If you wear a dress and have an animal sidekick, you're a princess.
Moana will hopefully be Disney's biggest animated event since Frozen; a gorgeous, hilarious, exciting, song-filled and action-packed adventure.Taking a hard anti-princess line, Moana imbues Polynesian mythology with animated vitality, delivering a strong contender for one of their best productions of the year, and one of the best animated offerings in recent times. With measured balance between songs and spectacle, comedy and conflict, Moana excels in all departments, remaining a visually opulent wonder wrapped around a strong story and witty script, with a lovingly crafted heart and soul at its centre.The myth-retold has Moana, a young girl with a certain affinity for water, grow up determined to find the missing demi-God, Maui, who may just hold the key to saving the entire world from a disaster which he set in motion in the first place. In order to make the arduous journey, however, she is going to need more than just determination; she will need to learn how to read the stars, sail a catamaran and contend with everything the treacherous oceans throw at her.
After its initial narrated action set-piece prologue, Moana is a far cry from what its trailer might suggest, actually taking its good time to evolve the young girl from toddler to fierce pre-teen, developing the village and the people that she lives amongst; their culture, their passion - never better expressed than literally with a song and dance - before we take to the waves for the voyage to find Maui.
Moana's affinity for water isn't a million miles away form Elsa's freezing abilities, although it's less of a super-power here and more of a relationship, giving her support in times of adversity - which she has plenty of. Once partnered with Dwayne Johnson's Maui, though, the film spends a considerable amount of time playing to his (again, literal) strengths. He makes for a great full-of-himself demi-God, with a self-awareness to the larger-than-life persona that feels like precisely what Johnson would be if he were to actually turn into an animated Disney character. Even his song is spot-on (something which many of 'The Rock's' fans probably weren't really expecting!). He shares great chemistry with teen newcomer Auli'i Cravalho, however, offering up traits central to all unlikely-partners affairs, from Lethal Weapon to Midnight Run to... well, Zootropolis.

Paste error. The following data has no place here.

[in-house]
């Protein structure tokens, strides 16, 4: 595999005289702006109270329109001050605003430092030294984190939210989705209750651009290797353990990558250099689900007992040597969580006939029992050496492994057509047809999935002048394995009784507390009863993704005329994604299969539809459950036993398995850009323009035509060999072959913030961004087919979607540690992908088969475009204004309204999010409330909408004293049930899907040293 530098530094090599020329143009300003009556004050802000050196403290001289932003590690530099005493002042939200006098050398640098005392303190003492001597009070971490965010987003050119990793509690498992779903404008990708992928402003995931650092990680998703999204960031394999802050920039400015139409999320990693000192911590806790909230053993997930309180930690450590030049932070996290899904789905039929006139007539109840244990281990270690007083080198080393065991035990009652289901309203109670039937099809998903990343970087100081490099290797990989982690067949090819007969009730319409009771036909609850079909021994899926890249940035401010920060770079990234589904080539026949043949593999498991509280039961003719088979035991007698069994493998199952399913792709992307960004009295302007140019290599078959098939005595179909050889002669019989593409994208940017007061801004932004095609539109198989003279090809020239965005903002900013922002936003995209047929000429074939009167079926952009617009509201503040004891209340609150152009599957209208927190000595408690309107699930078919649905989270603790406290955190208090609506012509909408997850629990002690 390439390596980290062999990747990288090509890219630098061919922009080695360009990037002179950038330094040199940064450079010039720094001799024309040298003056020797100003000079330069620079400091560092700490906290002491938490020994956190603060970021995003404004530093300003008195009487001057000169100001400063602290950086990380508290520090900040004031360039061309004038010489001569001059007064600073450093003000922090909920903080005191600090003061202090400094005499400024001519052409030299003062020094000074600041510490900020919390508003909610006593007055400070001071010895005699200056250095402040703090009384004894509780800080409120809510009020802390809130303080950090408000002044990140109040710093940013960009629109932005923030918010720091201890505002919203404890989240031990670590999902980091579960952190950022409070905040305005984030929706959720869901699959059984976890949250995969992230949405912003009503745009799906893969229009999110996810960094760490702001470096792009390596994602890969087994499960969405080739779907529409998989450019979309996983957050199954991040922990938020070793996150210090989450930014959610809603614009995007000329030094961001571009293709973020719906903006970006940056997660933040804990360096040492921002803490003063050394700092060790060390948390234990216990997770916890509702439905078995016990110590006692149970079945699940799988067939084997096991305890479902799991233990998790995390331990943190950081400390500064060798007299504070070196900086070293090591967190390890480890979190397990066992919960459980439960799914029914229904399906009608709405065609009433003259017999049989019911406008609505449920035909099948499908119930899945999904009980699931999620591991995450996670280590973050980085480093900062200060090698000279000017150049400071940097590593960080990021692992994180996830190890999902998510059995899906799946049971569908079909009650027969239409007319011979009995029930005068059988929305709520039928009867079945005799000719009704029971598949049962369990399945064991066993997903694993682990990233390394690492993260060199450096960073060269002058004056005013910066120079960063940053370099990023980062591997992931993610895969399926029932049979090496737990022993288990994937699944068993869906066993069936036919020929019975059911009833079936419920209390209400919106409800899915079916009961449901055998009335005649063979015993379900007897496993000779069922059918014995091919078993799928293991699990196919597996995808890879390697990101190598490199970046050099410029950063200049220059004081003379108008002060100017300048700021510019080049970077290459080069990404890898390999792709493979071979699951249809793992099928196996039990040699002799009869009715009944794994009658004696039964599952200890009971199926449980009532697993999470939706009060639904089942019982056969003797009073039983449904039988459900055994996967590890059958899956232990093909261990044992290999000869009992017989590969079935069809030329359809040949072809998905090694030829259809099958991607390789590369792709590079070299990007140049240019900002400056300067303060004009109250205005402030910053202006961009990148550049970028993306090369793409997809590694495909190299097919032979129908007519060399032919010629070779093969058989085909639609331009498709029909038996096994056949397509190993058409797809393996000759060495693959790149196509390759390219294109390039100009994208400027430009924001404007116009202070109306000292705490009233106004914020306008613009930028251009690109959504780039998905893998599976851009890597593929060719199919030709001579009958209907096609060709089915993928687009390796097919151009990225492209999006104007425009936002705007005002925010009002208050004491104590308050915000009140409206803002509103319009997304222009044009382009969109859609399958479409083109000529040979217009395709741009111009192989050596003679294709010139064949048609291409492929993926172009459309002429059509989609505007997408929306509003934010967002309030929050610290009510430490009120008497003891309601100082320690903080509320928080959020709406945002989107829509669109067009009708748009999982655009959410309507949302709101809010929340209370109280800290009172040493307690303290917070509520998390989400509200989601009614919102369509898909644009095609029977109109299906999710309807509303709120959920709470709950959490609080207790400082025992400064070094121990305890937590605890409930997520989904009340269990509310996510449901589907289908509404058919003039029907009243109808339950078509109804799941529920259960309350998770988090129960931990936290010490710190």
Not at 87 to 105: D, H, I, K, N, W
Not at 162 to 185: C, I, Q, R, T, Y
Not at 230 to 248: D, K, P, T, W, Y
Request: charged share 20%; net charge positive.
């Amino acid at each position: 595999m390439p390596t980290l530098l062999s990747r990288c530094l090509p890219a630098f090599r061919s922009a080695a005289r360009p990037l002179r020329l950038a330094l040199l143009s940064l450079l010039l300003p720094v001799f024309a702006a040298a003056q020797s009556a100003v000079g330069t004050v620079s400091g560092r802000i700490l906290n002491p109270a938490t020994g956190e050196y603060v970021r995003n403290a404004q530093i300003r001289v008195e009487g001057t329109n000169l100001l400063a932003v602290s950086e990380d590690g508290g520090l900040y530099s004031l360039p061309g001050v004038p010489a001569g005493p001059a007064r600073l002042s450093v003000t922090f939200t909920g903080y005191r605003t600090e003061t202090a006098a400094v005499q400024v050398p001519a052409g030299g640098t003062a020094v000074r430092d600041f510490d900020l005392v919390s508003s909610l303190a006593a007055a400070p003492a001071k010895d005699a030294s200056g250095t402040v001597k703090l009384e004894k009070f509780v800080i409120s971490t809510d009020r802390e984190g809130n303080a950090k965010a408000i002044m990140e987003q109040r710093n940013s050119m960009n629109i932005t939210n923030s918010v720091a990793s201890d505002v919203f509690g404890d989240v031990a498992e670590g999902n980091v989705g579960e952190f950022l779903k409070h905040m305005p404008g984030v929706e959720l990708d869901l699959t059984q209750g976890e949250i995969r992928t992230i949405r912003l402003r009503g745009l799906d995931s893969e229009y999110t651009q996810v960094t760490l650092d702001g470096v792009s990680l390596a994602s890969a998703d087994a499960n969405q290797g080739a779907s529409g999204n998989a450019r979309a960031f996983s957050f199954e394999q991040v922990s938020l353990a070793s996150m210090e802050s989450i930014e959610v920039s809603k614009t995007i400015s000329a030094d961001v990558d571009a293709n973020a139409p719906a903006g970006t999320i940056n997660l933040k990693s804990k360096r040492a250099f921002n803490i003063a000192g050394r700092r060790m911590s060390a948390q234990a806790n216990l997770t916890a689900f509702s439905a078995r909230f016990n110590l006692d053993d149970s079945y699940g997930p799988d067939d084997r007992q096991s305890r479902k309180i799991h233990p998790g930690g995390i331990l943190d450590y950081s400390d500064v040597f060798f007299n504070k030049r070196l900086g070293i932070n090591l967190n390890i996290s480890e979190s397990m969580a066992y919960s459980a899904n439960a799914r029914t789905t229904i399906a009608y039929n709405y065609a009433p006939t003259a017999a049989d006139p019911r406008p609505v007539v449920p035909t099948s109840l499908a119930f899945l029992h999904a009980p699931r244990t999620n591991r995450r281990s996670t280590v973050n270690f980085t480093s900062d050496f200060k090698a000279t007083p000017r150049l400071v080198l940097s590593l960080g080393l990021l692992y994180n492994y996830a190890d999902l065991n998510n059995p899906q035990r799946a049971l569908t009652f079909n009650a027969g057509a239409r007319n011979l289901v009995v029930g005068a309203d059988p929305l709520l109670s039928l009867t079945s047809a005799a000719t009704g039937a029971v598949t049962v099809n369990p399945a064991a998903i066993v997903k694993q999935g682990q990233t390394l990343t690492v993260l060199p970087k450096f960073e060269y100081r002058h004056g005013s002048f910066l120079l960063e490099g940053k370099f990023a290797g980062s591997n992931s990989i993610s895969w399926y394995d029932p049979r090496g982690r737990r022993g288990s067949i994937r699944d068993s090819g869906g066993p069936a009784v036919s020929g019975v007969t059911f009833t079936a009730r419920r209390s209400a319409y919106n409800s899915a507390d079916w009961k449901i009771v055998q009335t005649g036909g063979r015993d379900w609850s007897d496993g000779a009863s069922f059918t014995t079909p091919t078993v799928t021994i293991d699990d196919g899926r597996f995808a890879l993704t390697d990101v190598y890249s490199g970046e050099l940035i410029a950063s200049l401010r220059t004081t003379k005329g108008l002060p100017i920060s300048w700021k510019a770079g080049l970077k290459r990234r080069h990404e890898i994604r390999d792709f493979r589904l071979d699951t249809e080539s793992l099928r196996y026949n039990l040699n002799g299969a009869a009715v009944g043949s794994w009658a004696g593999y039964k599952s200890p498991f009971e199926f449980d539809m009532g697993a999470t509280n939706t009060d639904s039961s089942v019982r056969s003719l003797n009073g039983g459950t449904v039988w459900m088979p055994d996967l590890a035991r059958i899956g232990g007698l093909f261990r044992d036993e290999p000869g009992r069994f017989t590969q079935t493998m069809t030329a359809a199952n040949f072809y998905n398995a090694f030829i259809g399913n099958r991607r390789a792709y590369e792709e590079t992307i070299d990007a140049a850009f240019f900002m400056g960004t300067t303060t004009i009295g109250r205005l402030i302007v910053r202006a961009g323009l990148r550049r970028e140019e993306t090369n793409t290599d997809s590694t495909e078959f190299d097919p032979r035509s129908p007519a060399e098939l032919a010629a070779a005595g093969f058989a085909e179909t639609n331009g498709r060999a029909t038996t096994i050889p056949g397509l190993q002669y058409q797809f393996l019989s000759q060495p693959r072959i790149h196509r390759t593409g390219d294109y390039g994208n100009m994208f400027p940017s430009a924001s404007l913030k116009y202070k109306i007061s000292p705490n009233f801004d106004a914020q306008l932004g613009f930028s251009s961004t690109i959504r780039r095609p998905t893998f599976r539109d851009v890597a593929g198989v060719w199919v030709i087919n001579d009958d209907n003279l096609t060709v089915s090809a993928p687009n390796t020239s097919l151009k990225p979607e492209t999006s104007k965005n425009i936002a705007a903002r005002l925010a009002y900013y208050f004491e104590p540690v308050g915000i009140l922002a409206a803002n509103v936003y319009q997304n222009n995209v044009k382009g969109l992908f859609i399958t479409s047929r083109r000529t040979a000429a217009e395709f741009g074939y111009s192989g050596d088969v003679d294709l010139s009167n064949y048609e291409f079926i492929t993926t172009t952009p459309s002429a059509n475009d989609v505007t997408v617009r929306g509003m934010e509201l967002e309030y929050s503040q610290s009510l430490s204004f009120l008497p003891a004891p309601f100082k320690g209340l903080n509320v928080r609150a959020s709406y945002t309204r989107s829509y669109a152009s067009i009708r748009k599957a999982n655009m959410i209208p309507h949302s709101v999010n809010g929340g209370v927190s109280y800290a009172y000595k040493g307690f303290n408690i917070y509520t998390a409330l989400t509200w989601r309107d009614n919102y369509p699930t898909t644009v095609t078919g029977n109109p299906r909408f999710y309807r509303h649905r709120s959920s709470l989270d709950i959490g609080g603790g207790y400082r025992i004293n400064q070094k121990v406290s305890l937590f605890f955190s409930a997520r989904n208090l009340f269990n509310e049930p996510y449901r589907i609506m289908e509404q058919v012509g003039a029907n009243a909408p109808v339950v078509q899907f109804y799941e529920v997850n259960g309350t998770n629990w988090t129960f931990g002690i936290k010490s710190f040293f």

Moana excels in all departments, a visually opulent wonder wrapped around a strong, witty script with a warm heart at its core
It's far from Johnson's baby though, with Cravalho's Moana taking centre stage much like Charlize Theron's Furiosa in Mad Max(and the comparison doesn't stop there, with Moana's Waterworld-esque antics - at one point - playing out like a scene from Fury Road, only with the duo being chased by an angry mob of coconut-minions. She's a great role-model, in many ways the antithesis of the more conventional princesses of the Frozen-esque universes, a tough warrior-woman in the making to add to Disney's recent great female future-icons, not least Star Wars's own Rey.
Visually, Moana is astounding, the bright blue sky and deep blue ocean providing a stunning backdrop to the colourful events, but the real surprise comes in the characters, who are so well-realised that it's hard to actually believe that they are not rendered in physically real life. For example, there's one scene where Moana wakes up in close-up on the boat, which has hit an island that is out of focus in the background, and she looks like a real (albeit, admittedly, likely claymation) object rather than a 2D computer visualisation. And with a rousing score - peppered with just enough song tracks to win the hearts of the musical crowd, but nowhere near enough to put off the anti-musical crowd - this production hits all the right notes.
Indeed there's every reason why Moana should win the hearts of audiences, young and old, and take the box office for Disney before passing the baton to Rogue One later in the month. With such rewarding, well-crafted, and all-round superior productions like this on offer, it's nice to know that we can rely on the Marvel/Lucasfilm/Disney/Pixar output of Hollywood's biggest player year-in, year-out. Despite coming in the 11th hour, it's one of the few unmissable movies of the year and comes highly recommended.
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